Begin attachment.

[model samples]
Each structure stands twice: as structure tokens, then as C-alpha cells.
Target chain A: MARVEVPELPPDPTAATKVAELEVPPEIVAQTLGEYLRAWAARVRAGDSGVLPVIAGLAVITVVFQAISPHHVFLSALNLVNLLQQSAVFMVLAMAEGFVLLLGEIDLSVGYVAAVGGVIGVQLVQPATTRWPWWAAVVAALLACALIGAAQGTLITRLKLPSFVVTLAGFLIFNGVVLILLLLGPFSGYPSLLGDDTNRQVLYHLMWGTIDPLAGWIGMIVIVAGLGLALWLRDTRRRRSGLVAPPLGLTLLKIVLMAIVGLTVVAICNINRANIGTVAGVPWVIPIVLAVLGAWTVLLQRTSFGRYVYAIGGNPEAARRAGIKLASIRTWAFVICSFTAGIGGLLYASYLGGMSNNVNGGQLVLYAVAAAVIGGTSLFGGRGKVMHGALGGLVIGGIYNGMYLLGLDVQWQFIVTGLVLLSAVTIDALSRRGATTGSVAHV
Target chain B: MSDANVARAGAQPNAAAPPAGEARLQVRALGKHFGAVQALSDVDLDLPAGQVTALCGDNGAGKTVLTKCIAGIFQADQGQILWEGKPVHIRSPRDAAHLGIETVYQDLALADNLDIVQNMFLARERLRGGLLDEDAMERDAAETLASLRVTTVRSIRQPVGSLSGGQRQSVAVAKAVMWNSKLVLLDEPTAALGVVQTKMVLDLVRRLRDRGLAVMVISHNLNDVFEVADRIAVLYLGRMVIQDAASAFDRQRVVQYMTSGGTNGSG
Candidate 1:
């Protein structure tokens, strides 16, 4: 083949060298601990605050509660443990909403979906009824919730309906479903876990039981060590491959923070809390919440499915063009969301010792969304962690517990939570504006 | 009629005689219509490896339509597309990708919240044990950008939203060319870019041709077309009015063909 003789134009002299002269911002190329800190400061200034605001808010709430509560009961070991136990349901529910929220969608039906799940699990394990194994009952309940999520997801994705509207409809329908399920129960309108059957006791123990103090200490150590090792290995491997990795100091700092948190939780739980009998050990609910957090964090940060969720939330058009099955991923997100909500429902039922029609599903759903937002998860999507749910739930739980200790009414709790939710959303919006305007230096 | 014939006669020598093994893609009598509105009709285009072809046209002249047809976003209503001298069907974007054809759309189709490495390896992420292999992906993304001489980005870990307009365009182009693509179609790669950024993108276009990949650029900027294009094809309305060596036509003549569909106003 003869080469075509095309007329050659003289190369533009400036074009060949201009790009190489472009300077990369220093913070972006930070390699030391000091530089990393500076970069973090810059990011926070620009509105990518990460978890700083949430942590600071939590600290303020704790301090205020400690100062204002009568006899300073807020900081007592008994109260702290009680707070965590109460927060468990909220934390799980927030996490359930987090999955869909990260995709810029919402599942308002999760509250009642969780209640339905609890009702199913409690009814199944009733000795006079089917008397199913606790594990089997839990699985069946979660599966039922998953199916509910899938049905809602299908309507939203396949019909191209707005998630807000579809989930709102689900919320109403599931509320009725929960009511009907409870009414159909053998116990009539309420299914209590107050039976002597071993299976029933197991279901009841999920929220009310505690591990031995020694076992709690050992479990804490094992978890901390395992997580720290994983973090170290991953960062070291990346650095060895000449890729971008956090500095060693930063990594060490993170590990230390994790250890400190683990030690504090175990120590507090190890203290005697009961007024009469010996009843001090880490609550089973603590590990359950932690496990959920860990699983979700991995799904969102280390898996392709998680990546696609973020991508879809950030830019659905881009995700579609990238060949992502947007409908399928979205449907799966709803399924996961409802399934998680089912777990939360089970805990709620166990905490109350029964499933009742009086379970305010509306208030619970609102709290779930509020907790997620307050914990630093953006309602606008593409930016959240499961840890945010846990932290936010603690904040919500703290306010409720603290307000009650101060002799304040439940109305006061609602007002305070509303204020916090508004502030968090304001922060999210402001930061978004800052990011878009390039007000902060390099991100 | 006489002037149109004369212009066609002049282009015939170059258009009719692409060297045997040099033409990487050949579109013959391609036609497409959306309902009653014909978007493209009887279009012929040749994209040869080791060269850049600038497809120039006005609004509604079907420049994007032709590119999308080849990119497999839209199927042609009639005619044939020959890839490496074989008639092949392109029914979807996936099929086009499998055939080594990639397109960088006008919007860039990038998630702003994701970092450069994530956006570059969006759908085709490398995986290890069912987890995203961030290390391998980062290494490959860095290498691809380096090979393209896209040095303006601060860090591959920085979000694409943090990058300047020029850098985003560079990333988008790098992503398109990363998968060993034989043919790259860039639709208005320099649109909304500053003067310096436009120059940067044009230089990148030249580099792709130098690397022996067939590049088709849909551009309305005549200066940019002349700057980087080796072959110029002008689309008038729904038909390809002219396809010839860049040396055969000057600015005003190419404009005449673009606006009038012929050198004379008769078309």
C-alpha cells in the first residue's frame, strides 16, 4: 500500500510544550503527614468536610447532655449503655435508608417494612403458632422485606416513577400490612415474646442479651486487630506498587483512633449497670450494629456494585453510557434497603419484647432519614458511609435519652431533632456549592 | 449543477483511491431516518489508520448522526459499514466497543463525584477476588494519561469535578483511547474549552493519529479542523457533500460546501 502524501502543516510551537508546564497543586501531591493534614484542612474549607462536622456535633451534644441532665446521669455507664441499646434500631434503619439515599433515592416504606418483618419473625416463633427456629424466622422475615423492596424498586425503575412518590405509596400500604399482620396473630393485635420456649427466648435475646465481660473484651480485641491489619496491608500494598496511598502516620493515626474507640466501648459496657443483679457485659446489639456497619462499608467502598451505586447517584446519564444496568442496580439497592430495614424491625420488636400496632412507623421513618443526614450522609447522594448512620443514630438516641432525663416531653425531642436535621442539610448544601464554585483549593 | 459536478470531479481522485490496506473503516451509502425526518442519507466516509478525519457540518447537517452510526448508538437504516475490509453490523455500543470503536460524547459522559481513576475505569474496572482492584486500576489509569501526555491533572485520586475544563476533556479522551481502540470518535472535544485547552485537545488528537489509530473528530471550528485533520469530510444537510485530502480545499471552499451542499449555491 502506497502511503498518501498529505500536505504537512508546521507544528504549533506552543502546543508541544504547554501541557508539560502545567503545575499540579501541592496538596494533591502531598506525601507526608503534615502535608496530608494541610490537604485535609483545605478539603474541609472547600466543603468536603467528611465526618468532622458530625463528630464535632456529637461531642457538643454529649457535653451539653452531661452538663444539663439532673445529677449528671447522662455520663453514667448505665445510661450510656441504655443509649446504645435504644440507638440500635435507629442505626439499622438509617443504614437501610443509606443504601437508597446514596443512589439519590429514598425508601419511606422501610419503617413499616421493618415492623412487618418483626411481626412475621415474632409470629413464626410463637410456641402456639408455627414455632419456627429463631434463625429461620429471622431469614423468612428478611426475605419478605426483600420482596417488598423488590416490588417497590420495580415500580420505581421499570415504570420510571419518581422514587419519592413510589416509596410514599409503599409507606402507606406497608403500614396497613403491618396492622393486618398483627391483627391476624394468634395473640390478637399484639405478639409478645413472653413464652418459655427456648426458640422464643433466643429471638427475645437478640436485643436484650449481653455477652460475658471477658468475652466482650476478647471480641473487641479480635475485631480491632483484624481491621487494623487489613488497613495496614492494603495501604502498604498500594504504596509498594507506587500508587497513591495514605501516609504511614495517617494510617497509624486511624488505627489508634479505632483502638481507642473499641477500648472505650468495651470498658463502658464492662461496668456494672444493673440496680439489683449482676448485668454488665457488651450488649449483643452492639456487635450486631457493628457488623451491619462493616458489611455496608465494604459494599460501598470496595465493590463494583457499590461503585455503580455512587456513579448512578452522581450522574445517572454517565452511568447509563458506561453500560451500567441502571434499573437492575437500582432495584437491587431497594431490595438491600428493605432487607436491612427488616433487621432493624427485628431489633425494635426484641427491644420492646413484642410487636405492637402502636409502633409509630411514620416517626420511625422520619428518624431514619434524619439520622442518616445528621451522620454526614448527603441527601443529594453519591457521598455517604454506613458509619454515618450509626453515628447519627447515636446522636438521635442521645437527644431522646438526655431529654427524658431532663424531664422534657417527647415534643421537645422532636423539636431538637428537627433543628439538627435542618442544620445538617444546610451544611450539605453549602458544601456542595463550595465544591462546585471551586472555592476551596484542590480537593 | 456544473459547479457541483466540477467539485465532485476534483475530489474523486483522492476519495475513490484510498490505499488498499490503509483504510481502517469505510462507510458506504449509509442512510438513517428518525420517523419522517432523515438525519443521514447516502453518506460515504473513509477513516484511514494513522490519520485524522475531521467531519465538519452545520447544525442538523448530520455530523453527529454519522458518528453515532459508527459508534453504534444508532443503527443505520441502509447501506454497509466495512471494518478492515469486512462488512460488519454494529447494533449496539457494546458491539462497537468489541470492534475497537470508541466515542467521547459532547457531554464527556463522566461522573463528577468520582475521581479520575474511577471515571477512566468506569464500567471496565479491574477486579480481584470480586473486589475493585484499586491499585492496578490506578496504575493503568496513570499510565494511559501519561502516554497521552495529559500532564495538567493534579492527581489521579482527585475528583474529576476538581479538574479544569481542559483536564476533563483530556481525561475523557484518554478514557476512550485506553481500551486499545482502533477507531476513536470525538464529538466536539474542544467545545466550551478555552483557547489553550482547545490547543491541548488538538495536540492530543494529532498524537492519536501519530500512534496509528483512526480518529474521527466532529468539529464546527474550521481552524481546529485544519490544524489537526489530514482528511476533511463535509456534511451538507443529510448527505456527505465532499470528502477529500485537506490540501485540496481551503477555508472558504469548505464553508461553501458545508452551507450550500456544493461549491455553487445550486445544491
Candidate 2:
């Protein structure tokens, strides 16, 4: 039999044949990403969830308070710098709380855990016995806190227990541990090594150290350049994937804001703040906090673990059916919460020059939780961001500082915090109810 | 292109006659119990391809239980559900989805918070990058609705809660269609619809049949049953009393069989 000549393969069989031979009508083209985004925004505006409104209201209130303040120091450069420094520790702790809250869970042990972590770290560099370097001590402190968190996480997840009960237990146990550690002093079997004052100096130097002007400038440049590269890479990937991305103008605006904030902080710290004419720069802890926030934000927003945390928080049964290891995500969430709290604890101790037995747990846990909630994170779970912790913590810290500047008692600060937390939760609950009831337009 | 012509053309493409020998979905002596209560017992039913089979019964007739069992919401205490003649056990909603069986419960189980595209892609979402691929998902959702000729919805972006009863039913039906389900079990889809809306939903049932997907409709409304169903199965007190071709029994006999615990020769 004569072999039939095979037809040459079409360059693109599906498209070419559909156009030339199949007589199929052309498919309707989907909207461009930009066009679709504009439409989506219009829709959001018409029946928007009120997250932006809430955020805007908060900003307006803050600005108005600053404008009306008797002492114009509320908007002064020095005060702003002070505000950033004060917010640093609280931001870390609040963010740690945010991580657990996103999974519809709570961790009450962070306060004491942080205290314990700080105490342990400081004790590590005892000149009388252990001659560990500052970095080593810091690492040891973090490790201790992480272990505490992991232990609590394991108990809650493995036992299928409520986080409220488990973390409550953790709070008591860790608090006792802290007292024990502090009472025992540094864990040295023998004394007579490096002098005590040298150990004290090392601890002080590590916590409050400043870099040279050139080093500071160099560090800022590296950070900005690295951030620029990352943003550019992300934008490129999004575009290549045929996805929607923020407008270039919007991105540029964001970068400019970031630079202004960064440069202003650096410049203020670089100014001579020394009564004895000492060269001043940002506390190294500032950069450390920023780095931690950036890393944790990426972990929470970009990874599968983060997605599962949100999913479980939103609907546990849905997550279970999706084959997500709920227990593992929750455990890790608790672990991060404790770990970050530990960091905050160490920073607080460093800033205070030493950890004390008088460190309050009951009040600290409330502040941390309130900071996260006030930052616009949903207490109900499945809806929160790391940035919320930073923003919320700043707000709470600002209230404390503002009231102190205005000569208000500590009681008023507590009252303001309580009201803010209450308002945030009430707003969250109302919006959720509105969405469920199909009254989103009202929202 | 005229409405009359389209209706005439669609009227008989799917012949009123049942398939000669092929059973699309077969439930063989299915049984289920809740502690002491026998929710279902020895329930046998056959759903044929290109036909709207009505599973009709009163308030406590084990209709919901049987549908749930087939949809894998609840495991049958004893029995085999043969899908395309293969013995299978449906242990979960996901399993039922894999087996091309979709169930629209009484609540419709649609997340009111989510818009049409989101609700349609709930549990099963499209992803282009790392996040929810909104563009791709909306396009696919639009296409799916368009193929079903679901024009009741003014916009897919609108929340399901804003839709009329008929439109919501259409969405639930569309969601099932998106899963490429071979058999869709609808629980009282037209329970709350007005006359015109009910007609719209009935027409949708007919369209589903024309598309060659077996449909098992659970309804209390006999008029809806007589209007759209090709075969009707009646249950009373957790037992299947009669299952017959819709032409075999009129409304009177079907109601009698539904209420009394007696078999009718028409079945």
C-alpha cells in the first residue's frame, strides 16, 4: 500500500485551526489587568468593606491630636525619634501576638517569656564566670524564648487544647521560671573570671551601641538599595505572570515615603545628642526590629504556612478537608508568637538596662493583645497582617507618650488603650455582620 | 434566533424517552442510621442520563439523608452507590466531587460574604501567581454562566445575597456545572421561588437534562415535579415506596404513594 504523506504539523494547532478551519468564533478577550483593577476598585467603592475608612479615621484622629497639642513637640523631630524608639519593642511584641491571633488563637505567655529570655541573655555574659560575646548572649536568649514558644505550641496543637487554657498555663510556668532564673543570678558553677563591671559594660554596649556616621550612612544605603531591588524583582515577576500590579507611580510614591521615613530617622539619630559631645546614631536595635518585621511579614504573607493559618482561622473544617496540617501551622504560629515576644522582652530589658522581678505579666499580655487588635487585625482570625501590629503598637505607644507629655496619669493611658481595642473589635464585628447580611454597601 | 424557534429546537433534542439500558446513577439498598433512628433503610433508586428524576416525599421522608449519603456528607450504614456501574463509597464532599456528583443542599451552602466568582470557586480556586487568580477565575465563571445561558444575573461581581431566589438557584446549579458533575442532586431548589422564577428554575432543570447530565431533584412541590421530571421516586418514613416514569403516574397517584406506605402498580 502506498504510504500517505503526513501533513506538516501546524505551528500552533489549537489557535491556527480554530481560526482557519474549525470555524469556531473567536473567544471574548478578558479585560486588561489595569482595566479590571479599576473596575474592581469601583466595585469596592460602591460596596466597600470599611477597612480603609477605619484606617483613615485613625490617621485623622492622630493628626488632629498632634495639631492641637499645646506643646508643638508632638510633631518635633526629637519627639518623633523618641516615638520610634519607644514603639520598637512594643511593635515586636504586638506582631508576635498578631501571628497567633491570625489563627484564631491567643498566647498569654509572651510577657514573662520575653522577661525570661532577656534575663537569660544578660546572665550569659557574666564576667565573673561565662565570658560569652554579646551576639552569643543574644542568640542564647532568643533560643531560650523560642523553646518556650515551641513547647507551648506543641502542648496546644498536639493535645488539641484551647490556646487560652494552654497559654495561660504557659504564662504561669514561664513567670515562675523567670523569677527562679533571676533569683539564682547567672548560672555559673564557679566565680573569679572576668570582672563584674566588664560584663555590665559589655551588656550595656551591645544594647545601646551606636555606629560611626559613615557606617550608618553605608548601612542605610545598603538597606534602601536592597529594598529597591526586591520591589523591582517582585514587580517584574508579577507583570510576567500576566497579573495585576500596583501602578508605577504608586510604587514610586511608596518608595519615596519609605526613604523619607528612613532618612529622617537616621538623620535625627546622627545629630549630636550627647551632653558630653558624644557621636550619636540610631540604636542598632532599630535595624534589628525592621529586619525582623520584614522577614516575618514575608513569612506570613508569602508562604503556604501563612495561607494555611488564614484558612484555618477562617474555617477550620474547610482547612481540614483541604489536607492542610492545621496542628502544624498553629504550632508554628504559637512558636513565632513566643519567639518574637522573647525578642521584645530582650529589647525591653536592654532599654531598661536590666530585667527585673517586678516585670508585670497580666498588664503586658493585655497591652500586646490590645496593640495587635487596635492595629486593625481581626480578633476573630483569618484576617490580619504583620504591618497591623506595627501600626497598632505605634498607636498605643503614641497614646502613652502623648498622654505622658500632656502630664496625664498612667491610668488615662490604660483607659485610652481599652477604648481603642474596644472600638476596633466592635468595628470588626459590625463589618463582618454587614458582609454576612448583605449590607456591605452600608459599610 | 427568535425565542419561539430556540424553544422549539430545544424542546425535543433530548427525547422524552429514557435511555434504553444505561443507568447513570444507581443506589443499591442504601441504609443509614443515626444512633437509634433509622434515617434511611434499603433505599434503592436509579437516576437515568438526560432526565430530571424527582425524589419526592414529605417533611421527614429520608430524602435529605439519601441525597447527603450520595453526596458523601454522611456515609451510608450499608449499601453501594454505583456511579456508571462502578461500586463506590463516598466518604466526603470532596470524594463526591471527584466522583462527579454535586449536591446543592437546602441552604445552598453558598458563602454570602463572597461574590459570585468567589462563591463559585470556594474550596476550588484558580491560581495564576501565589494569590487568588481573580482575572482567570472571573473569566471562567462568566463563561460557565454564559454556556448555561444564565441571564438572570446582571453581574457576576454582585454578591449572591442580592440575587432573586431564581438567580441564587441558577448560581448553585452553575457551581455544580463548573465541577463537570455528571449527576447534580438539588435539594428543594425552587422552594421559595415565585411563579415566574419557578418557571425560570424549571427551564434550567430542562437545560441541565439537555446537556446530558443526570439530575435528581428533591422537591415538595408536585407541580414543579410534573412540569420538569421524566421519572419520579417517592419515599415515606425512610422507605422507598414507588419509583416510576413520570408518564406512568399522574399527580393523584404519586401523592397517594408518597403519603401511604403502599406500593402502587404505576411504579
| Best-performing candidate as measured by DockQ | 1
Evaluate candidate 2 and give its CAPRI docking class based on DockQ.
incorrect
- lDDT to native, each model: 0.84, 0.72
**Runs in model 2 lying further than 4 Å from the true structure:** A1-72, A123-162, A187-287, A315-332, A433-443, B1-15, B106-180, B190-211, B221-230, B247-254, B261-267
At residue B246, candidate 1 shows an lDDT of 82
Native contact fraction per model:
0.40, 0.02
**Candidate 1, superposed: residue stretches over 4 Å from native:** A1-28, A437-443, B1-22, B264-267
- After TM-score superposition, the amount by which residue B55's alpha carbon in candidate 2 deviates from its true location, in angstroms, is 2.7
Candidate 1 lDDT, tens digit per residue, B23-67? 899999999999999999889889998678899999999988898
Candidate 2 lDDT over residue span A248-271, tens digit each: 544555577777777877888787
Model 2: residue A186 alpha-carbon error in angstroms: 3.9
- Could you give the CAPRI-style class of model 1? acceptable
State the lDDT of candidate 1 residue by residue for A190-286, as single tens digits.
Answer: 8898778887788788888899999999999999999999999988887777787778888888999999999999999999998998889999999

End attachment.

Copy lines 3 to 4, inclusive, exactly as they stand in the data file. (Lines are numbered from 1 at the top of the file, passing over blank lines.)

Target chain A: MARVEVPELPPDPTAATKVAELEVPPEIVAQTLGEYLRAWAARVRAGDSGVLPVIAGLAVITVVFQAISPHHVFLSALNLVNLLQQSAVFMVLAMAEGFVLLLGEIDLSVGYVAAVGGVIGVQLVQPATTRWPWWAAVVAALLACALIGAAQGTLITRLKLPSFVVTLAGFLIFNGVVLILLLLGPFSGYPSLLGDDTNRQVLYHLMWGTIDPLAGWIGMIVIVAGLGLALWLRDTRRRRSGLVAPPLGLTLLKIVLMAIVGLTVVAICNINRANIGTVAGVPWVIPIVLAVLGAWTVLLQRTSFGRYVYAIGGNPEAARRAGIKLASIRTWAFVICSFTAGIGGLLYASYLGGMSNNVNGGQLVLYAVAAAVIGGTSLFGGRGKVMHGALGGLVIGGIYNGMYLLGLDVQWQFIVTGLVLLSAVTIDALSRRGATTGSVAHV
Target chain B: MSDANVARAGAQPNAAAPPAGEARLQVRALGKHFGAVQALSDVDLDLPAGQVTALCGDNGAGKTVLTKCIAGIFQADQGQILWEGKPVHIRSPRDAAHLGIETVYQDLALADNLDIVQNMFLARERLRGGLLDEDAMERDAAETLASLRVTTVRSIRQPVGSLSGGQRQSVAVAKAVMWNSKLVLLDEPTAALGVVQTKMVLDLVRRLRDRGLAVMVISHNLNDVFEVADRIAVLYLGRMVIQDAASAFDRQRVVQYMTSGGTNGSG